POINT PLEASANT — At the most recent meeting of the Mason County Board of Education, Curriculum/Technology Director Greg Martin informed board members of the Internet activity among Mason County Schools’ students and staff.
Martin began by explaining the bandwidth for each county school, noting that Point Pleasant Junior/Senior High has the most, considering it is the largest school and also includes the Mason County Career Center, and relaying Mason County Schools has 3,911 devices to 4,315 students. He also discussed wireless Internet among the schools, saying there are wireless access points at every school, and that next school year will provide expanded wireless coverage.
Martin continued, saying there are approximately 3,000 users online among Mason County Schools at the peak of Internet usage as well as discussing the different website filters and procedures for allowing a previously blocked site. Martin said the five filter groups are as follows: kindergarten through second grade, third through fifth grade, sixth through twelfth grade, teachers, and the central office.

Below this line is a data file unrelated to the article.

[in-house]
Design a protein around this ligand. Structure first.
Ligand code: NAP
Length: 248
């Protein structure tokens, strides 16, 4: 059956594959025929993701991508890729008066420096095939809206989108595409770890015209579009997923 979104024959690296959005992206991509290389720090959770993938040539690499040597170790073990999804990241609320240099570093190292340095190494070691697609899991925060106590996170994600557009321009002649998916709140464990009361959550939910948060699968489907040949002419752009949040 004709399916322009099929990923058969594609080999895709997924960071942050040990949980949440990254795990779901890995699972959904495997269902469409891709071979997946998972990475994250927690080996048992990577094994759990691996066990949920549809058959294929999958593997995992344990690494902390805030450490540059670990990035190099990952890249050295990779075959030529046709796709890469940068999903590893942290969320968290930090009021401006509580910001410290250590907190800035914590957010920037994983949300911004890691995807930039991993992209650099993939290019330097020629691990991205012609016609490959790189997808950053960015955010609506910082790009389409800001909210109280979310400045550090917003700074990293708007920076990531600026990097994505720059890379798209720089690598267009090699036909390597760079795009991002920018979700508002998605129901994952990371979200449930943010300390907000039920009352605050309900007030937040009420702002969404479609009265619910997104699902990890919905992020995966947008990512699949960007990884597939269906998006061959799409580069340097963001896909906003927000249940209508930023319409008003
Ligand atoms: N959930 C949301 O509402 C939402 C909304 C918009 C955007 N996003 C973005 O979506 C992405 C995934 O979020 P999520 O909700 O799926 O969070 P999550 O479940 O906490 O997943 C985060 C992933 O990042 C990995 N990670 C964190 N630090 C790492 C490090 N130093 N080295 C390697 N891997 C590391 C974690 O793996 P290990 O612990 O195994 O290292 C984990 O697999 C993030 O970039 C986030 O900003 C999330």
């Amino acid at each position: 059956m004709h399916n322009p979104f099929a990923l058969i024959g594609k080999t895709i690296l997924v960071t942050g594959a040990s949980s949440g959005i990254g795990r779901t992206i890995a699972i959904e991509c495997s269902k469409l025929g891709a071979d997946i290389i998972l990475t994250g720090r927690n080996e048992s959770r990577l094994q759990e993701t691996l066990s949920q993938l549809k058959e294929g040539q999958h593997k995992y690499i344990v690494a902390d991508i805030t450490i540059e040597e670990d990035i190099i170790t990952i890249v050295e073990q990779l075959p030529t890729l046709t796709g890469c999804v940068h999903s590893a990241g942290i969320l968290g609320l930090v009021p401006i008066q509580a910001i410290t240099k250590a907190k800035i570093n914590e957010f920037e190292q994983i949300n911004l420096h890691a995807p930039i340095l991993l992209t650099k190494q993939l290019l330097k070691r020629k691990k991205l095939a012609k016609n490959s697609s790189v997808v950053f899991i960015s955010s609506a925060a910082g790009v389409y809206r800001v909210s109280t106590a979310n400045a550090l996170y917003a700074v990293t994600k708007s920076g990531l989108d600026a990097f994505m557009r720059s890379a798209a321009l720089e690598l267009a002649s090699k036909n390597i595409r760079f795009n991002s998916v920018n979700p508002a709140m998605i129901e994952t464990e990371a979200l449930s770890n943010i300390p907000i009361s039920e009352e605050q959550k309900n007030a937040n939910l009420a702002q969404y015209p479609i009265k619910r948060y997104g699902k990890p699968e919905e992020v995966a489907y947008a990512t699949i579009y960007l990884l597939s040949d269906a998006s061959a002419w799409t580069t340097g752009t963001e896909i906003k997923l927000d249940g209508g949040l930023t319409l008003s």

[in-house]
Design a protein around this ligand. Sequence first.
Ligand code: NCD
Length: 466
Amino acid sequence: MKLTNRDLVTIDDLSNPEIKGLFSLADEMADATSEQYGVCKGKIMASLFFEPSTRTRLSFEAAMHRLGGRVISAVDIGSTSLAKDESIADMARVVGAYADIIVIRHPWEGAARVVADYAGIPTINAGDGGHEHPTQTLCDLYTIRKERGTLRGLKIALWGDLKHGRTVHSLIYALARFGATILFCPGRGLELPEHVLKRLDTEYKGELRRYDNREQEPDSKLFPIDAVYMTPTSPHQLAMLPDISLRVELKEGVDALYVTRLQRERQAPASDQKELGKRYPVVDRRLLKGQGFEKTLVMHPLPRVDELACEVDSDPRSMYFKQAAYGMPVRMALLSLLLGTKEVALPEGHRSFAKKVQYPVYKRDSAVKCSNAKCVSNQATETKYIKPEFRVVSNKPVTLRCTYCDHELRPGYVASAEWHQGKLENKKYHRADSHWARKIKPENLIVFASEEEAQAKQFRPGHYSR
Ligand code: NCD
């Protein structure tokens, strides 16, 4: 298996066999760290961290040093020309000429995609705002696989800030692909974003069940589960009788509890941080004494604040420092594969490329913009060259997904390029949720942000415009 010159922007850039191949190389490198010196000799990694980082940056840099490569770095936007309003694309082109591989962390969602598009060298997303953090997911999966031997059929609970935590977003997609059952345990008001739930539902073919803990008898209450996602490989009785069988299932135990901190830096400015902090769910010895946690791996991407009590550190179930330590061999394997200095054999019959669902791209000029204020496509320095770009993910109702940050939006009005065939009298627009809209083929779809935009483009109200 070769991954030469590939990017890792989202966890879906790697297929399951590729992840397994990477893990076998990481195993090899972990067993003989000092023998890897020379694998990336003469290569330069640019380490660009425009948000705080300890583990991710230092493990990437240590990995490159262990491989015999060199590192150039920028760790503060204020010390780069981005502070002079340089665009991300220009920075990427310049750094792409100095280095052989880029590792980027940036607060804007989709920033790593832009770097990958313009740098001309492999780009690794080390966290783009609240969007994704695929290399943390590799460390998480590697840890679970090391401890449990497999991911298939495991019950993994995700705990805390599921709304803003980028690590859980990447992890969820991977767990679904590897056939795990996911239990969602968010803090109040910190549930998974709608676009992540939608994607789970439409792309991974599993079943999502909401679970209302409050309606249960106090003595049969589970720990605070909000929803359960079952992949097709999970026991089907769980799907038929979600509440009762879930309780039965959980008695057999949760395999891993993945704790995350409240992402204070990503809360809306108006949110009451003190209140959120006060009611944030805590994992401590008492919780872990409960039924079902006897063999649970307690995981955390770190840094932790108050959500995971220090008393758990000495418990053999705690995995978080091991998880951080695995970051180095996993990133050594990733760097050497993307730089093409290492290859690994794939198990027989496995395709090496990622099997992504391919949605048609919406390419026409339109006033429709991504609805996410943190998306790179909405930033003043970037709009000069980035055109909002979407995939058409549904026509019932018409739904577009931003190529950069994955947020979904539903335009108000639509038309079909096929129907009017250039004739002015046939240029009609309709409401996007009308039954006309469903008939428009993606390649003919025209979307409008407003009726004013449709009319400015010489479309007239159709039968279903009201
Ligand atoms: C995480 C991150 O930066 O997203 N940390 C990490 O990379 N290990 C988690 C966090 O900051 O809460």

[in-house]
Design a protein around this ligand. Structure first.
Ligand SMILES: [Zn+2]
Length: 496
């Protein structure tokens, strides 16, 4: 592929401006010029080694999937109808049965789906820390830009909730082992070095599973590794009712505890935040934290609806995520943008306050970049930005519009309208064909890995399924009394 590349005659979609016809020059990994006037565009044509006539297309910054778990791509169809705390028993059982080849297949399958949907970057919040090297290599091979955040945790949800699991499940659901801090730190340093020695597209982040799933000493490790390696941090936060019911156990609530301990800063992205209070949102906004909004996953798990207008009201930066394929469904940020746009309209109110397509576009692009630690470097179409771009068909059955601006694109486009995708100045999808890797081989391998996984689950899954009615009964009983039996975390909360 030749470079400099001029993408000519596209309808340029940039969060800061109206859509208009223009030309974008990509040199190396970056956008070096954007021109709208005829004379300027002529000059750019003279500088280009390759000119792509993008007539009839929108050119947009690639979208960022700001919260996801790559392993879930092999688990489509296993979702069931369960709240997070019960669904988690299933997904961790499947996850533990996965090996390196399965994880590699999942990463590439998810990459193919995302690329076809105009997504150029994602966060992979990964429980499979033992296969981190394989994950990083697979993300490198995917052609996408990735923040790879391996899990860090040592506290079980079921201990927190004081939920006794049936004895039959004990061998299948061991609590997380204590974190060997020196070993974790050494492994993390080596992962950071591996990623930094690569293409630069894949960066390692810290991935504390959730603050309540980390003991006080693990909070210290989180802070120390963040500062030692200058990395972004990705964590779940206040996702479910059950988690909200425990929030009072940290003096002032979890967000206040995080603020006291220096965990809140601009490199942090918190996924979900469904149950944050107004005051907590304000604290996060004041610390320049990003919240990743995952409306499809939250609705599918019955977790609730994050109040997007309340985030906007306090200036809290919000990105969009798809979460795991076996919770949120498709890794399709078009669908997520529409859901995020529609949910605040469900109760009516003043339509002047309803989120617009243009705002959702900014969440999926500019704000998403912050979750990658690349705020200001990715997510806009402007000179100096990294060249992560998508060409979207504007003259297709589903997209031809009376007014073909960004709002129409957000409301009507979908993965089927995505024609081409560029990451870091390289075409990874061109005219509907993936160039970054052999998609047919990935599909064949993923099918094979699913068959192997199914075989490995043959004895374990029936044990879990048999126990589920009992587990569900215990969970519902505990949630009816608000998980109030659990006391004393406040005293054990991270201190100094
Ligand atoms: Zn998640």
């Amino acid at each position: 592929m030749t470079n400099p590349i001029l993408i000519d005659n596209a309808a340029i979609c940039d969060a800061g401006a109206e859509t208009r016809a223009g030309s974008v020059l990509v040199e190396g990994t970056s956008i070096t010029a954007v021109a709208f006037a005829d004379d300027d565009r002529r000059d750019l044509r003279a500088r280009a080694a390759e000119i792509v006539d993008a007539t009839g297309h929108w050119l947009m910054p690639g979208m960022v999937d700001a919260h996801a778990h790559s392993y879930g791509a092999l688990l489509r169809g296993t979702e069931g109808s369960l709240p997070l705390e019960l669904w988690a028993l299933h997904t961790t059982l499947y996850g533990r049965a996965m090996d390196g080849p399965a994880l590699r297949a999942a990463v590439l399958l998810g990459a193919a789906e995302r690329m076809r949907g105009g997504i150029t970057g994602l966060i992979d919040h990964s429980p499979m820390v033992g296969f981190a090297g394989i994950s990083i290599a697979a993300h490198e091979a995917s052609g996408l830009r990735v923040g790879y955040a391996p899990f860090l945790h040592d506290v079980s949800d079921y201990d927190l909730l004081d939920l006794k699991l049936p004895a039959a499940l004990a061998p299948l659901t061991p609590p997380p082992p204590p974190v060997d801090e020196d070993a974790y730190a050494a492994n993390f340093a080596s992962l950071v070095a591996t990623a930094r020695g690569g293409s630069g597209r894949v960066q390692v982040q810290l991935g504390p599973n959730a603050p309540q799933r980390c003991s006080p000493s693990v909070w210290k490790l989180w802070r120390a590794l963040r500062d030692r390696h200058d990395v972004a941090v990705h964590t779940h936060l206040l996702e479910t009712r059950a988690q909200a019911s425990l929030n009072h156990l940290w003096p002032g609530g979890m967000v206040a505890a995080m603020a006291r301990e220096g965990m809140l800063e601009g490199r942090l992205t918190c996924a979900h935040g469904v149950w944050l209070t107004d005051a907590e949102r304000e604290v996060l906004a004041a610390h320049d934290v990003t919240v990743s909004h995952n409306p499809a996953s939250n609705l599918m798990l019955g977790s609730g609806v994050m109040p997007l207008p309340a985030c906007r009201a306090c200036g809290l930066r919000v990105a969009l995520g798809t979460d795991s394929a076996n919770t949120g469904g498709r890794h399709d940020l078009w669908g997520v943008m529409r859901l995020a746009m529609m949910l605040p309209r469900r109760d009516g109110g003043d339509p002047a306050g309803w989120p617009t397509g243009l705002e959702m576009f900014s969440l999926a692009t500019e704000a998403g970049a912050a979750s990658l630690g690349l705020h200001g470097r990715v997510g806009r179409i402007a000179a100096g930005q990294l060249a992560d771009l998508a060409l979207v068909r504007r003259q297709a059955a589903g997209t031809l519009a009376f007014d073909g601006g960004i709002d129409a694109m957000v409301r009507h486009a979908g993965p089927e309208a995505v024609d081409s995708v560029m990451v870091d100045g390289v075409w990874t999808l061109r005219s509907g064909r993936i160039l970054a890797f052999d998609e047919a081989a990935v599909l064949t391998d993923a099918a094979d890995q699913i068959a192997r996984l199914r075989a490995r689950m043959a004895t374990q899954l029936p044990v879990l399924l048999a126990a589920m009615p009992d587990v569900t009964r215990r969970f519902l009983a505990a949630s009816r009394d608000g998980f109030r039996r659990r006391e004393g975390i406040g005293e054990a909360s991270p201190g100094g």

Martin also discussed the procedure for unblocking certain websites, saying the current filter system includes very broad categories and some sites with educational games are blocked at first because it falls under the category of “games.” Martin said a teacher simply needs to email him to unblock the site, and if it is deemed to be educational, it will be unblocked. Martin said the approval rate for un-blocking websites is around 99 percent. Martin said he has denied access to sites such as Facebook, Netflix and some music sites.
Board member Randy Searls also mentioned some staff members had stated their access during their planning and lunch periods to be restricted. Martin recalled some situations, particularly around the holidays, when there were requests for access to online shopping sites, which he did not grant access to. Martin continued, saying the teacher’s planning period is specially set to allow the teacher to plan lessons and activities for their classroom and their students, reinforcing the board’s set policies and the idea that teachers are at the school to teach, not to take care of their own personal business.
(Note: More on this meeting will appear in a later edition of the Point Pleasant Register.)